A whopping $2.2 billion in permanent cuts, $1.4 billion in accounting shifts and $1.4 billion in new revenue — including a temporary, across-the-board 4 percent tax increase on personal incomes.
Those are the key proposed recommendations from the independent panel of Republicans, Democrats and policy experts who came together to solve Minnesota’s budget impasse.
The bipartisan committee tasked with creating a so-called third alternative issued its recommendations Thursday afternoon to Gov. Mark Dayton and Republican lawmakers.
In a two-page document, the committee outlines a framework for closing the $5 billion deficit by balancing 70 percent of it through spending cuts and the remaining 30 percent by increasing revenue.
The committee based its recommendations on three strategies:
• Cut state spending $3.6 billion from projections, which results in a biennial budget increase of 3 percent (or 1.5 percent increase per year).
• Raise income taxes 4 percent for everyone during the two years of this budget (an expected $700 million).
• Increase state revenues from a Human Services surcharge ($250 million), a tobacco tax increase of $1.29 per pack (an expected $330 million) and an alcohol tax inflation increase ($140 million).
Over the long term, the committee recommended, sales taxes should be broadened and lowered.
“I note that most of the committee’s recommendations parallel my own proposals,” Dayton wrote in a statement to the media.
Dayton cited that the $2.2 billion in recommended permanent spending cuts is close to the nearly $2.1 billion he has proposed. The recommend $700 million from raised alcohol and tobacco taxes, along with a human service surcharge, also seems drawn to the letter of Dayton’s latest proposals.
Still, Dayton wasn’t ready to wholeheartedly endorse the recommendations. Specifically, he said, the governor does “respectfully differ” with the recommended 4 percent temporary income tax hike for all Minnesota taxpayers.
“My goal has consistently been to protect most Minnesotans from either an income tax increase or a property tax increase, by raising state income taxes on only the wealthiest 2 percent of Minnesotans,” he wrote.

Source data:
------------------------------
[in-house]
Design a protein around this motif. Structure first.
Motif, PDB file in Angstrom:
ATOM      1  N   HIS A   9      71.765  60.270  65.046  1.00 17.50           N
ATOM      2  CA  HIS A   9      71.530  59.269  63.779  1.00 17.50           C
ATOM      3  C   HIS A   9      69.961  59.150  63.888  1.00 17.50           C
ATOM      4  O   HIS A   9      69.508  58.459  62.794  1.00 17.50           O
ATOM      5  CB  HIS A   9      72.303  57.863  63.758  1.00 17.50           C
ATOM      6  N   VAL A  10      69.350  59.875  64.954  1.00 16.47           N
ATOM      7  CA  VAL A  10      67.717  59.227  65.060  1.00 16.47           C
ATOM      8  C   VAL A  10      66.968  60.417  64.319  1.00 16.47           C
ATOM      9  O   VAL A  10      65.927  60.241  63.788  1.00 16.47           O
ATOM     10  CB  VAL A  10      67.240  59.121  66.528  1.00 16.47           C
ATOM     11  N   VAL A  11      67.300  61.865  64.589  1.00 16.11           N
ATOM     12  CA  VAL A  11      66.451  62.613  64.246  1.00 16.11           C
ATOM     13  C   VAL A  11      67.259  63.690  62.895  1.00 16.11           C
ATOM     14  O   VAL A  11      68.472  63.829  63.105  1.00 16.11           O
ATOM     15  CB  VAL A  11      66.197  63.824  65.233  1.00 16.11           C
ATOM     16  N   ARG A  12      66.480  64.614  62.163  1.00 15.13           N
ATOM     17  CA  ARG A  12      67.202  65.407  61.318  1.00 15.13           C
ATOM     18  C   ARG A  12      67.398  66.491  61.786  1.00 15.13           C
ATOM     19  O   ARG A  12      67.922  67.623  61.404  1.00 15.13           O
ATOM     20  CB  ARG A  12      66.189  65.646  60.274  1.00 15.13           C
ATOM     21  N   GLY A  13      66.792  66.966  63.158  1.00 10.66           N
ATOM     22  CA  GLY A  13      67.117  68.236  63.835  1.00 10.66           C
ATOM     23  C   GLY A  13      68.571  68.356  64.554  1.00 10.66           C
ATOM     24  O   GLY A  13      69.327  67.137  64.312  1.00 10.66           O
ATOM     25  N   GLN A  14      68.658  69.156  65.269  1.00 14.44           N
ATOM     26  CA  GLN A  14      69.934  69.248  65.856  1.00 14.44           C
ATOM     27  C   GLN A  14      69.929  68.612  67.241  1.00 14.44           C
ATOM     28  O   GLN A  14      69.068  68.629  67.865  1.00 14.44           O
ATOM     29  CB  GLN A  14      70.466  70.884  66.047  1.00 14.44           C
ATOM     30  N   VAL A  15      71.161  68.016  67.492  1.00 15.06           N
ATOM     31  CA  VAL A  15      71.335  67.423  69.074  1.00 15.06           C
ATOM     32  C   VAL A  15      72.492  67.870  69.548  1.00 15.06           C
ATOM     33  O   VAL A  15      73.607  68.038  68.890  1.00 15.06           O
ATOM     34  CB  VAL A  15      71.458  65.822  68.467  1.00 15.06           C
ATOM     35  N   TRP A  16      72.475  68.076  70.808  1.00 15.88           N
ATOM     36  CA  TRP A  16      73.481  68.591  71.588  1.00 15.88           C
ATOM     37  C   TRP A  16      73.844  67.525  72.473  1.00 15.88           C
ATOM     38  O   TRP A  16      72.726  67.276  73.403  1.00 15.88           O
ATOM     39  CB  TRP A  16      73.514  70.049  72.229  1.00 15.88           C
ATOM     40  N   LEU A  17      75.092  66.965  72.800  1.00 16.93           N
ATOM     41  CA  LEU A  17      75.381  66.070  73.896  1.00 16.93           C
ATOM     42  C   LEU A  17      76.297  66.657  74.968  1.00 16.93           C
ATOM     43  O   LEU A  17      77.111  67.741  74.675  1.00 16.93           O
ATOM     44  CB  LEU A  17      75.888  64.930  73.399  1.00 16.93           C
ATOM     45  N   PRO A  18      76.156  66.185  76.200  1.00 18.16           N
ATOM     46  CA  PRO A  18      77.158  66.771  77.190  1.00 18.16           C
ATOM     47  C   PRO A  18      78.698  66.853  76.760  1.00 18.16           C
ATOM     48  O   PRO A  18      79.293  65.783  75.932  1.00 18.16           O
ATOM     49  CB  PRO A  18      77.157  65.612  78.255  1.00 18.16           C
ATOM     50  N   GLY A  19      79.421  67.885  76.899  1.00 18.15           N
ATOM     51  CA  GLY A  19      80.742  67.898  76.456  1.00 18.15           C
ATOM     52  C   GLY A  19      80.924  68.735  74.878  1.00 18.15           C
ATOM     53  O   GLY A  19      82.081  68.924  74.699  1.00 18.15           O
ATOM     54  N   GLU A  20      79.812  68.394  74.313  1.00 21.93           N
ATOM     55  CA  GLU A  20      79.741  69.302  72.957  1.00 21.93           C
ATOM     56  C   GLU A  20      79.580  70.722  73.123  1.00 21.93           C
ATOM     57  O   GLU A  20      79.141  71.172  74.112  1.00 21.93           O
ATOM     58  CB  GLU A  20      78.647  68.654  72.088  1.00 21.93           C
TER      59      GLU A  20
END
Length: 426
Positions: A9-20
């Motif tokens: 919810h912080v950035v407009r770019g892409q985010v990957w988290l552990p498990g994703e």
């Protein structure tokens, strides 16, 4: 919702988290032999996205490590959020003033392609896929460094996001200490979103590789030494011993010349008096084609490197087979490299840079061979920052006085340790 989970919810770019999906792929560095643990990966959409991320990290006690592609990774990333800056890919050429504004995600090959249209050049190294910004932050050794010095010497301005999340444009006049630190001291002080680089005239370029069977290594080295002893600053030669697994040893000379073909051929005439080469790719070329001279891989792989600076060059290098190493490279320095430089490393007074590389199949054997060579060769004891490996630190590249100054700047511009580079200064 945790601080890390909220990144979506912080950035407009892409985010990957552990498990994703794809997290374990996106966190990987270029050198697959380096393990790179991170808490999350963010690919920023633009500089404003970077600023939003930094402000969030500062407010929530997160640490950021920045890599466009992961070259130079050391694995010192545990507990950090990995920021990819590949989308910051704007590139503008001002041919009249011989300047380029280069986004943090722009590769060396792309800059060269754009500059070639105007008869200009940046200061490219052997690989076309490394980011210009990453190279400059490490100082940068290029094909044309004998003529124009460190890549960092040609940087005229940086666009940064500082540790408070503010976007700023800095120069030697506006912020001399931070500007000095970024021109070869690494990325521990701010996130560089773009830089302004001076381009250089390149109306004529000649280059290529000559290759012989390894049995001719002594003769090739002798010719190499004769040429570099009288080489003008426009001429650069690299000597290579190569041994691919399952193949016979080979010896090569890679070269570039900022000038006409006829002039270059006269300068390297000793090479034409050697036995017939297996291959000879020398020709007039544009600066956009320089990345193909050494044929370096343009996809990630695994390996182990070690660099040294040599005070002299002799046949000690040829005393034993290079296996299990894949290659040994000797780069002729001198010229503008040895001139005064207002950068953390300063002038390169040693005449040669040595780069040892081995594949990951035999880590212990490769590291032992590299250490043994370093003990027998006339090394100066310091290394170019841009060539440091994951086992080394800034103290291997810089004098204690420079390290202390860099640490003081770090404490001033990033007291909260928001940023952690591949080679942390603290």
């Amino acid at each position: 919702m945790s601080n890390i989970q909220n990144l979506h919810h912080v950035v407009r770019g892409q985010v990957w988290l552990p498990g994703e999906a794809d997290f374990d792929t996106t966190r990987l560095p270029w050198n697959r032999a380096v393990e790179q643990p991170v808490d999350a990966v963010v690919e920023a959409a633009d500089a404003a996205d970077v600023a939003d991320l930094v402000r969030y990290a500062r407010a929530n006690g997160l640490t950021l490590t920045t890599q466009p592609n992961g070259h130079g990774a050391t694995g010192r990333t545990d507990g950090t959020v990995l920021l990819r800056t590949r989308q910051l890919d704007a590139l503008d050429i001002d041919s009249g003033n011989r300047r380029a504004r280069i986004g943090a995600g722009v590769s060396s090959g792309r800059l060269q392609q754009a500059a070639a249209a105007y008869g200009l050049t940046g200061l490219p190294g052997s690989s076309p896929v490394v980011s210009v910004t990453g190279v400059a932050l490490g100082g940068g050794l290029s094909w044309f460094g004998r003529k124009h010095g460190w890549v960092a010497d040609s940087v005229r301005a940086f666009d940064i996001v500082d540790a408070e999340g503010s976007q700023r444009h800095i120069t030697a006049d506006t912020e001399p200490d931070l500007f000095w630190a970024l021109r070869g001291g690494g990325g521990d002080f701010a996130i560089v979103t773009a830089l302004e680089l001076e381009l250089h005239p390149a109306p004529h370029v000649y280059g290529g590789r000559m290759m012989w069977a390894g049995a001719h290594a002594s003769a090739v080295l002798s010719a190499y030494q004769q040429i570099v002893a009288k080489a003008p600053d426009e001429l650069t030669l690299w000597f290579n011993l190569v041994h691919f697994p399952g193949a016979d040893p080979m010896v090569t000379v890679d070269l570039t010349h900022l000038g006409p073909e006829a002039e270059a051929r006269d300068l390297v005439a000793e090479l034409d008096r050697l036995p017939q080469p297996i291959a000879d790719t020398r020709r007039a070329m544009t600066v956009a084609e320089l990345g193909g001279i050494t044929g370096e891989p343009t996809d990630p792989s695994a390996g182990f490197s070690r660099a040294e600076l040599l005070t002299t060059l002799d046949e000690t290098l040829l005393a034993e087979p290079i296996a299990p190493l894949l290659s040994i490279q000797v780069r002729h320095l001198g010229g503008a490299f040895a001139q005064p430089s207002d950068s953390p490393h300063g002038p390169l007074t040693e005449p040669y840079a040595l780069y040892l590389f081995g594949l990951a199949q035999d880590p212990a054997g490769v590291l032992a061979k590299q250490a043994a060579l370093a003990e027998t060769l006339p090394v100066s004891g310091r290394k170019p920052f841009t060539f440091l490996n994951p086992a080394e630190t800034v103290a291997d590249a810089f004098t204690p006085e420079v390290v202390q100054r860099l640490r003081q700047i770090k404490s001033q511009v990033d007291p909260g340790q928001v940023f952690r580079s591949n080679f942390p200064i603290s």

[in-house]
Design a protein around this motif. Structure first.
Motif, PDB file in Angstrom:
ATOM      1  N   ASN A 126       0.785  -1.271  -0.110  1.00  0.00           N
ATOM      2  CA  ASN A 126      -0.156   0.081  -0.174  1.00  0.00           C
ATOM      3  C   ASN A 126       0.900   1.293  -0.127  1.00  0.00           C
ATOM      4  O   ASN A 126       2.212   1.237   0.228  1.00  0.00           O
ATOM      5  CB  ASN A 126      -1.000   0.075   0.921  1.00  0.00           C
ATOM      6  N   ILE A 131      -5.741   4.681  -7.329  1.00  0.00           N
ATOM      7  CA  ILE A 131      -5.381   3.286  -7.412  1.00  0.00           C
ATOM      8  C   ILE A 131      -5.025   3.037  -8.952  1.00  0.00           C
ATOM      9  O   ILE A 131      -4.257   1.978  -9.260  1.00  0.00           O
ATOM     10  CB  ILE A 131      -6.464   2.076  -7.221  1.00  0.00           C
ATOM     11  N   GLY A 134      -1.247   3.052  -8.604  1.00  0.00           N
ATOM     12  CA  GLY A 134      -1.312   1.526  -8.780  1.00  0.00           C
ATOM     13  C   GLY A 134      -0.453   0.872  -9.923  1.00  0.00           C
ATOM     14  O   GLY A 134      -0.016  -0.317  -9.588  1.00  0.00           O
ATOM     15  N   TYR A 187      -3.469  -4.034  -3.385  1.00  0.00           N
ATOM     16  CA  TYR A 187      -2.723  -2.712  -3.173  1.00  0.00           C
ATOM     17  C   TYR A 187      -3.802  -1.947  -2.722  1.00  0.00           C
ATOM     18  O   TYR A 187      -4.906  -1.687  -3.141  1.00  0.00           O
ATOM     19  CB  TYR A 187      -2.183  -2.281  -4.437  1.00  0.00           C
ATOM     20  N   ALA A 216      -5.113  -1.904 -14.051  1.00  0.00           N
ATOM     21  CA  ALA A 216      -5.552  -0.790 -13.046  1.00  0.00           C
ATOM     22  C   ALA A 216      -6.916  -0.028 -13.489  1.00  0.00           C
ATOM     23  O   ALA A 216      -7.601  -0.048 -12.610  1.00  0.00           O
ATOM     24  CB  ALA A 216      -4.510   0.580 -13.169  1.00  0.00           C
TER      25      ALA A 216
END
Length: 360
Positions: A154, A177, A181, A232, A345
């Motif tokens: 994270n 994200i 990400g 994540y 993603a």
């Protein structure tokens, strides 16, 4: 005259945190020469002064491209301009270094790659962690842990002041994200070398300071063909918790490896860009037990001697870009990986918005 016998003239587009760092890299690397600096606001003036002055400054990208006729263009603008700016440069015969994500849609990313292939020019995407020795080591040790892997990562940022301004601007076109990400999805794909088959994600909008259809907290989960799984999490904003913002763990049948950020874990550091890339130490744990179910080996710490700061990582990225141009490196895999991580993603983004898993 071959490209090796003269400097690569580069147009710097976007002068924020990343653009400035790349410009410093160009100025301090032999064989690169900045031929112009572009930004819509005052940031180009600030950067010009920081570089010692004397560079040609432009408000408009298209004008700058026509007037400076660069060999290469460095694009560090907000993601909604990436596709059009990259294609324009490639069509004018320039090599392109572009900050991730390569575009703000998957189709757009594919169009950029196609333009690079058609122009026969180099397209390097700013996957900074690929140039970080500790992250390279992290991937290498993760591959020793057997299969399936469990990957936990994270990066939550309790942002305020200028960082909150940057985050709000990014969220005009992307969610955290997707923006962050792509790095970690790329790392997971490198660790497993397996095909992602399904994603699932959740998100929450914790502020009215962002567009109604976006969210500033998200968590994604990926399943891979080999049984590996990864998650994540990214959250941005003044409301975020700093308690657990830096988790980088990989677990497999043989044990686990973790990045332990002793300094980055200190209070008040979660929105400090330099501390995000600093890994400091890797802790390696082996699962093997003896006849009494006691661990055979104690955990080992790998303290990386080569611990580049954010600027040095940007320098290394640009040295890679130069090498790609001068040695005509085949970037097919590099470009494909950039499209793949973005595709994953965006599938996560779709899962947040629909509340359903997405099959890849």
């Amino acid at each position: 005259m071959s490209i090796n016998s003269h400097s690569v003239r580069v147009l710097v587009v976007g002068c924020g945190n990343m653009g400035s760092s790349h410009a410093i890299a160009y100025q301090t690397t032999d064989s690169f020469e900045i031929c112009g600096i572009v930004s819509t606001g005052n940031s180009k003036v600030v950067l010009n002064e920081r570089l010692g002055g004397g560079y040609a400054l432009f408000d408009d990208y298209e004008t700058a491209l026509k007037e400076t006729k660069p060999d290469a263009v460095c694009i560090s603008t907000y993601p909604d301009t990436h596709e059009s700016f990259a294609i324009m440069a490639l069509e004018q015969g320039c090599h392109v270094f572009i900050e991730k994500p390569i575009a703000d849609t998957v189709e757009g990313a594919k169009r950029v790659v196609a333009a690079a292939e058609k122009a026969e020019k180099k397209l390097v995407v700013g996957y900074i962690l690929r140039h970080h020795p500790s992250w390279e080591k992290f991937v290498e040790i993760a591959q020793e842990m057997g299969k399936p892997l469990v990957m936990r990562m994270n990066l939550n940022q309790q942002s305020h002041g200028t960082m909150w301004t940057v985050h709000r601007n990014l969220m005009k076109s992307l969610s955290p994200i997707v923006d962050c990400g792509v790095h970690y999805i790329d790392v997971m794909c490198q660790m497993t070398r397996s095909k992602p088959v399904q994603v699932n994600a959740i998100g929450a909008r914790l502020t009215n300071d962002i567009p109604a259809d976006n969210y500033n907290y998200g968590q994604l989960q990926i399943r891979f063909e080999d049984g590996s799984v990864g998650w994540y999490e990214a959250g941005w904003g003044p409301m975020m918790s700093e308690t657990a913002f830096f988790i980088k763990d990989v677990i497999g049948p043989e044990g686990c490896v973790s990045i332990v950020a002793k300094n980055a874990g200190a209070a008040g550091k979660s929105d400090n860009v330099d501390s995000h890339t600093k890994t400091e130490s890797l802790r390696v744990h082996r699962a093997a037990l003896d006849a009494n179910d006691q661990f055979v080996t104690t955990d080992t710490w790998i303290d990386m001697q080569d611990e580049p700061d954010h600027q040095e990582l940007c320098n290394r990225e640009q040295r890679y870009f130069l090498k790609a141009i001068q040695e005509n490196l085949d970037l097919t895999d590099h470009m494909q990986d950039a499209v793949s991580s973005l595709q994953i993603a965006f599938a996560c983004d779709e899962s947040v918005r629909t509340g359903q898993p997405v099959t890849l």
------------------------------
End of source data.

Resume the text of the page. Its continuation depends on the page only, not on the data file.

Minnetonka City Manager John Gunyou, a member of the committee, told Patch “there was a surprising commonality of thinking in the room” during the process of devising this budget resolution.
“We were all pretty pragmatic. We didn’t look at it from a real political standpoint,” Gunyou said. “But we’re also realists, so we talked through a lot of the options. The framework just made sense.”
Committee members knew there would be little happiness over the proposal to raise taxes on Minnesotans, Gunyou said.
“We had a nice long talk about that,” he said with a laugh. “Interestingly, everyone was pretty much in agreement. The feeling was that this needs to be shared by everyone. We’re hoping that might be a way to address this disagreement about who is paying what share, or a fair share.”
Dayton turned the pressure on Republicans in the legislature, calling this framework the third “compromise proposal (the Republicans) have received in the past 24 hours.”
At the time of publishing, there was no official response from Republican lawmakers. Sen. Amy Koch (R-Buffalo) said she had hoped the result of the advisory committee would come through with a "fiscally responsible" solution. Given her comments about the governor's proposed tax increase on the state's richest residents, she's certain to turn down any notion of an across-the-board increase.
Koch's spokesman through the negotiations process, Michael Brodkorb, who represents the senate GOP, sarcastically tweeted he was "shocked" there was a tax increase included in the recommendation.
The committee was created by former Minnesota politicians Vice President Walter Mondale, Gov. Arne Carlson and U.S. Sen. Dave Durenberger. Along with Gunyou, members included former Republican senator Steve Dille, former DFL legislator Wayne Simoneau, former state Finance Commissioner Jay Kiedrowski, former Wells Fargo CEO Jim Campbell, former Medtronic vice-president Kris Johnson and current Minnesota Management and Budget commissioner Jim Schowalter.